A loose transcription of the Homily is below:
The Word, Jesus Christ, penetrates this great mystery of mysteries in being welcomed and privileged to enter into the Holy of Holies, the innermost dwelling place, God’s sacred heart. God so loved the world that He revealed to us this Holy of Holies of who He most deeply is. This is best expressed, and imparted through His Son. God the Father, the eternal, I am who am, Adonai, Eloahim, El Shadai – communicates His love, divine affection and identity in His Word made flesh.
And His Word, God’s self-understanding and knowledge of Himself, is given to us out of love, in His Son, who was born into the world. The Creator entered into His own creation to give His life through the cross. This was the impetus, the pulling of Jesus’ life; He was magnetically pulled to Jerusalem the whole thirty-three years of His life. He came into the world to die because His death would be the greatest life this world would ever see, and it would be life-giving; it would destroy death and the obstacles to being made in God’s image and likeness.
Every human being – whether they believe in God or not, whether they know Jesus or not, whether they are Christian or not – have been built in the image and likeness of God , and are built with an innate potential to know and love God. This potential – for which we are all made – for everlasting happiness through a knowledge of God and His truth is tapped into in an unprecedented way in Jesus Christ. God’s love is given to us in a universal, unrepeatable manner in Yeshua, the Messiah, the Anointed One.
In Christ’s baptism, God the Father declared to His Son, ‘This is my beloved.’ This is the one I want to give you to know Me. Because no one can come to the Father except through the Son. And there’s only one mediator, one bridge between heaven and earth, and His name is Jesus of Nazareth. There is no other name under heaven by which we shall be saved than by the name of Jesus.
This is God’s greatest self-communication out of compassion – the full revelation, the full splendor, the full beauty of His truth is revealed in Jesus and His Holy Face. We cannot look upon the face of God in all its glory and majesty apart from Yeshua.And when we meditate on the cross of Jesus – this greatest sermon of the Prophet above all prophets; who shares in the divine being and nature of the Father, Jesus the only begotten Son of the Father; whose whole life is perfectly revealed on the cross, the capstone of His sacred humanity – we see the whole mission of Jesus.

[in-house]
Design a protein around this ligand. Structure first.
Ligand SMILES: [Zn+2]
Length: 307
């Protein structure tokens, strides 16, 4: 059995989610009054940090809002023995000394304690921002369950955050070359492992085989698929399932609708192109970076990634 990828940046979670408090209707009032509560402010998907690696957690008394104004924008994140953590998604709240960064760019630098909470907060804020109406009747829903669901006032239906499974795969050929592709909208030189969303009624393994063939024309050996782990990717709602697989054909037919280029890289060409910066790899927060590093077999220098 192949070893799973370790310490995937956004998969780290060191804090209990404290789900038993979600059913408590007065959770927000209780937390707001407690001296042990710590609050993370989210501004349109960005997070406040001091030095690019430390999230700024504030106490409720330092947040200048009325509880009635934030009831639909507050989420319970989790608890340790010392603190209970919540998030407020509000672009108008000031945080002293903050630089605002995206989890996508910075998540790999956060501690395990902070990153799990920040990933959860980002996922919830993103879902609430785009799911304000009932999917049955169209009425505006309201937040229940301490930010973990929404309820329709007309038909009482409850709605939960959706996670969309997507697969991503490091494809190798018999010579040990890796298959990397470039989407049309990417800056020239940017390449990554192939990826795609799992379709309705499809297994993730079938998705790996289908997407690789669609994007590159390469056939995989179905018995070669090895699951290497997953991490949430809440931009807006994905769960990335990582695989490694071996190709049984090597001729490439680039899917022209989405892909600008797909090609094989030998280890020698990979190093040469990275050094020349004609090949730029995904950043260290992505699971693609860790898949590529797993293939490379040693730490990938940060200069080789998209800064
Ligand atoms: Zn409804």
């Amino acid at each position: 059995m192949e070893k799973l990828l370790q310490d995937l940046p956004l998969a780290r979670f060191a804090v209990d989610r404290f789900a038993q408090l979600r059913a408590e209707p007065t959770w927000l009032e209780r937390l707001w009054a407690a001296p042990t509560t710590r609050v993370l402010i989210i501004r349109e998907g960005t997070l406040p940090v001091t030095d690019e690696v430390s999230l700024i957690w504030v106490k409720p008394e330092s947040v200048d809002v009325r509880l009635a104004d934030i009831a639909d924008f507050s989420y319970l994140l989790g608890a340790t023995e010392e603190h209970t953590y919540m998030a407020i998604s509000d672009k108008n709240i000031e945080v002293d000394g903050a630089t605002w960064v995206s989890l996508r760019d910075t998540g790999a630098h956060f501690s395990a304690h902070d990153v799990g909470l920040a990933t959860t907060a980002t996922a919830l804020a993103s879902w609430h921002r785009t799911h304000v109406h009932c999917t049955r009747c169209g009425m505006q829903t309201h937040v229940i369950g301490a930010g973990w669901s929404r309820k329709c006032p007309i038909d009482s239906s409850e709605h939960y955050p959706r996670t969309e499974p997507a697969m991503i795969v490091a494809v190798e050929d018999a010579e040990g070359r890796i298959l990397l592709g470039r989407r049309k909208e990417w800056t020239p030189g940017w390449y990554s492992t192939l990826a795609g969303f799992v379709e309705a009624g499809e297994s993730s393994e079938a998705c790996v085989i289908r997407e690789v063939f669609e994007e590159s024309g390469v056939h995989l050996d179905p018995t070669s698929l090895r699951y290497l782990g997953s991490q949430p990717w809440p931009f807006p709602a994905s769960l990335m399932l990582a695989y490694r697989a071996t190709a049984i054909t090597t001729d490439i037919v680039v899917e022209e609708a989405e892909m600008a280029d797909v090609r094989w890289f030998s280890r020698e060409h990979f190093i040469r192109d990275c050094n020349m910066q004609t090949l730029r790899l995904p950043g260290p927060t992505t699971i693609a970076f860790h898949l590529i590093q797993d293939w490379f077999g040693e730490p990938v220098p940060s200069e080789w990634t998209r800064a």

Remember, He lived thirty years hidden and in obscurity, and only three years in public ministry. We can never for a moment dare to think that those thirty years were not important, even though they were obscure, hidden, and unknown. Though he wasn’t manifesting publicly, those hidden years are utterly important because by His very love, He was redeeming the world.
His hidden years remind us that our hidden life – every sacrifice we make; every ‘No’ we say to sin in the secrecy of our thoughts and the allurements to the world in the desires of our hearts; every ‘No’ that we make to Satan in fighting temptations in our spiritual battles, seen to no one else but the eyes of God – are all very important for our salvation, and what it means to live by the Spirit of Jesus and not by the flesh. The hidden battles are all very, very important to work out our salvation and to allow our faith to be built up by love.
And what is love? It isn’t about our feelings, but our choices. ‘Even though I don’t feel Jesus, I choose Jesus.’ That’s love. ‘At whatever cost to myself, I choose You, Jesus, even when I don’t understand – be it done unto me as the Lord wills ; not my will but Thy will be done.’ That’s salvation working itself out. That’s the Holy Spirit coming to new birth in you by your being crucified with Christ.
Why do we meditate on the Passion? -to inspire love and courage to say ‘No!” to the world, the flesh, and to Satan. And ‘Yes!” to Jesus; to inspire the determination to persevere until the end, – as a believer, a disciple, and a follower of Jesus of Nazareth.